Campus Advisories

GW classes canceled; administrative and academic offices closed on March 5

05:10am, Thursday, March 05, 2015

GW classes are canceled, administrative and academic offices are closed, and activities and events will not take place on Thursday, March 5 at all of our Washington metropolitan area campuses and locations because of inclement weather throughout the region.

When the university declares a change to its operating status, employees classified as Designated On-Site are required to report to and/or remain at work, employees classified as Essential are generally expected to telecommute, and employees classified as Non-Essential are not required to work unless directed to do so by a supervisor.

Visit for information about changes to university services.


Nemata Blyden

Nemata Blyden

Associate Professor of History and International Affairs
Phillips Hall 307
Address: 801 22nd St. NW
Phone: 202-994-3318


Nemata Blyden specializes in African and African Diaspora history and has researched women's issues in nineteenth century Liberia. She has also done work for Encyclopedia Britannica and contributed to an on-line historical project called In Motion: The African-American Migration Experience, sponsored by the Schomburg Center for Research in Black Culture of the New York Public Library. Professor Blyden has lived in Africa, Europe and the Soviet Union, and she remains engaged with issues pertaining to African development. She is currently completing a book entitled, African Americans and Africa, to be published with Yale University Press. (Complete C.V.)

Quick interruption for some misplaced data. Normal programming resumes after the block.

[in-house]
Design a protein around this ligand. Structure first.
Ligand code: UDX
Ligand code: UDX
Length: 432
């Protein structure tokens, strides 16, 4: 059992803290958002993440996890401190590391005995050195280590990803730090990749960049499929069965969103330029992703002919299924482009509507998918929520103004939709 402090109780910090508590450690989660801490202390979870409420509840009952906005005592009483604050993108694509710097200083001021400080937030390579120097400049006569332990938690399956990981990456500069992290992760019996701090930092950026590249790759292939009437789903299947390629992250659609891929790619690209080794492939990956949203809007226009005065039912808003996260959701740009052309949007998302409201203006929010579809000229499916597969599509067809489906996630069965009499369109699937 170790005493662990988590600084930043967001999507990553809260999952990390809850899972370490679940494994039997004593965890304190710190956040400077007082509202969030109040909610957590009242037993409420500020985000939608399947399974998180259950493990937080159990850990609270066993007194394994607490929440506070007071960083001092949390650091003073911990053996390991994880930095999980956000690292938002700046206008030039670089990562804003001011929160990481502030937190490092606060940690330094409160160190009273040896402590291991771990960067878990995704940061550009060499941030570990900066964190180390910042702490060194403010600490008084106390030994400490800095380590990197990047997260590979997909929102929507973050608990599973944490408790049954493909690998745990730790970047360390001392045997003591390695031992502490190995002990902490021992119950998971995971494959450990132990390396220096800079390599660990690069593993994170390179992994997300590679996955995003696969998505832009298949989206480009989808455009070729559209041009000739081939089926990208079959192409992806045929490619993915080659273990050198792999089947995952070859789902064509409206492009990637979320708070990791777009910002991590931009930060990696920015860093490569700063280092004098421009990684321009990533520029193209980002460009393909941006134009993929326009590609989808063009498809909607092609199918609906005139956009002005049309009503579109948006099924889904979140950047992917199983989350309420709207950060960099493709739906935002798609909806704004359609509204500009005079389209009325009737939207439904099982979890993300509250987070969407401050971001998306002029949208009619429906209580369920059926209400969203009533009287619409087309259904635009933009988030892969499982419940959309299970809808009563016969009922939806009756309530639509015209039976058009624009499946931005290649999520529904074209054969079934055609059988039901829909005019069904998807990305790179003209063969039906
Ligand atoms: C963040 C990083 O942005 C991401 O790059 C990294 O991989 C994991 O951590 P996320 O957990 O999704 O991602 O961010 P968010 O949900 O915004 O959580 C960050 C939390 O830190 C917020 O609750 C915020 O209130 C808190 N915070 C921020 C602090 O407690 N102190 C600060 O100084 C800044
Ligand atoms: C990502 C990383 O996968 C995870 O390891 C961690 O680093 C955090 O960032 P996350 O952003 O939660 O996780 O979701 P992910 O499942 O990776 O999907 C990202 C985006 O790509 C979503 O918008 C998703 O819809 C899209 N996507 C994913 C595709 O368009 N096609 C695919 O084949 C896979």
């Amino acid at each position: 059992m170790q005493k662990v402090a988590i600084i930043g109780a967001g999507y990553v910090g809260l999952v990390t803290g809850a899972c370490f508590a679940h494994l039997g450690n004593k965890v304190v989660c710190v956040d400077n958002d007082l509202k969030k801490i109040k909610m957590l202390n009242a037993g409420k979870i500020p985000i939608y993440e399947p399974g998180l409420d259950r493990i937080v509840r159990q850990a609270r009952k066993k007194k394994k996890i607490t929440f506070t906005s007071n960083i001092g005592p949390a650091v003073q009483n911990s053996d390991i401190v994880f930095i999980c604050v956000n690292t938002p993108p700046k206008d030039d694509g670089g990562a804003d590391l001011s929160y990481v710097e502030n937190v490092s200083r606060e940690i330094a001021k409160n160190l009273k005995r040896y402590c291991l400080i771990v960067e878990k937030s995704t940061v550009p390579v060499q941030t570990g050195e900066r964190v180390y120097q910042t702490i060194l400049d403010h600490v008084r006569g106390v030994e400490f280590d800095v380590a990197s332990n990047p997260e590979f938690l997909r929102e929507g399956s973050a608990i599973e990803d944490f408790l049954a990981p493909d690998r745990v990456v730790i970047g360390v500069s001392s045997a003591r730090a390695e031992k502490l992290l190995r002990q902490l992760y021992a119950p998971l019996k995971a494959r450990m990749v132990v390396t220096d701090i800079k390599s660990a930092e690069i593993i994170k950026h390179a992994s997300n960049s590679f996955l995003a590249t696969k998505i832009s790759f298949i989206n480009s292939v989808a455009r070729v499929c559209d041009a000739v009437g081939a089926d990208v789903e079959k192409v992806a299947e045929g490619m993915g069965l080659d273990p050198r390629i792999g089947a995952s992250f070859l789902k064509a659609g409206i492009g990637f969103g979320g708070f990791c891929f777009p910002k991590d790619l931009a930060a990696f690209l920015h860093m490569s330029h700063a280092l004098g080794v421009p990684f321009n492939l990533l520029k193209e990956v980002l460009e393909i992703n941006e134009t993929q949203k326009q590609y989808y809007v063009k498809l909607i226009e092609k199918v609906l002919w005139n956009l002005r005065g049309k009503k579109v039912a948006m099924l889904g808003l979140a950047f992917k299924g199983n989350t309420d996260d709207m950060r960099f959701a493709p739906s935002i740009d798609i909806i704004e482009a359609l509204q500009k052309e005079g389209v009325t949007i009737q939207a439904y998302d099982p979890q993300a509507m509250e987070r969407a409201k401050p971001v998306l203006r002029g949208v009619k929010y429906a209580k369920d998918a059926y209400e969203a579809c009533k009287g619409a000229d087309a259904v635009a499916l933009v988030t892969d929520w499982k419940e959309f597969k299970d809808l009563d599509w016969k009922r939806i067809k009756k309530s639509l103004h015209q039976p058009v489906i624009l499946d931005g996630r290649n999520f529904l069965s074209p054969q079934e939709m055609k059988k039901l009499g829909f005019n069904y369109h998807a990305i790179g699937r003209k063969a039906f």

Ph.D., Yale University, 1998.


“A Perspective of the African Diaspora in the United States.” In The African Diaspora in the United States and Canada at the Dawn of the 21st Century, ed. John W. Frazier et. al., 93-105. Binghamton, NY: SUNY Press, 2009.  Co-authored with F. Akiwumi.

"Blyden, Edward Wilmot (1832-1912),” and “Liberia.” In Encyclopedia of the African Diaspora, ed. Carole E. Boyce Davies, Vol. 1, 212-213 and Vol. 2, 627-629. Santa Barbara: ABC-CLIO, 2009.

“We have the cause of Africa at Heart”: West Indians and African-Americans in 19th century Freetown.”  In New Perspectives on the Sierra Leone Krio, ed. Mac Dixon-Fyle and Gibril Cole, 91-105.  New York: Peter Lang Publishing, 2006.

"The Search for Anna Erskine: African American Women in Nineteenth Century Liberia." In Stepping Forward: Black Women in Africa and the Americas, ed. Catherine Higgs, Barbara A. Moss, and Earline Rae Ferguson, 31-43. Athens: Ohio University Press, 2002.

West Indians in West Africa, 1808-1880: A Diaspora in Reverse. Rochester, NY: University of Rochester Press, 2000.

"Edward Jones: An African American in Sierra Leone." In Moving On: Black Loyalists in the Afro-Atlantic World, ed. John Pulis, 159-182. London: Routledge, 1999.

Classes Taught

Hist 3510: African History to 1880
Hist 3501: Topics in African History since 1880
Hist 3520: Africans in the Making of the Atlantic World
Hist 3530: Women in Africa
Hist 3540: West Africa to Independence 
Hist 6502: Western Representations of Africa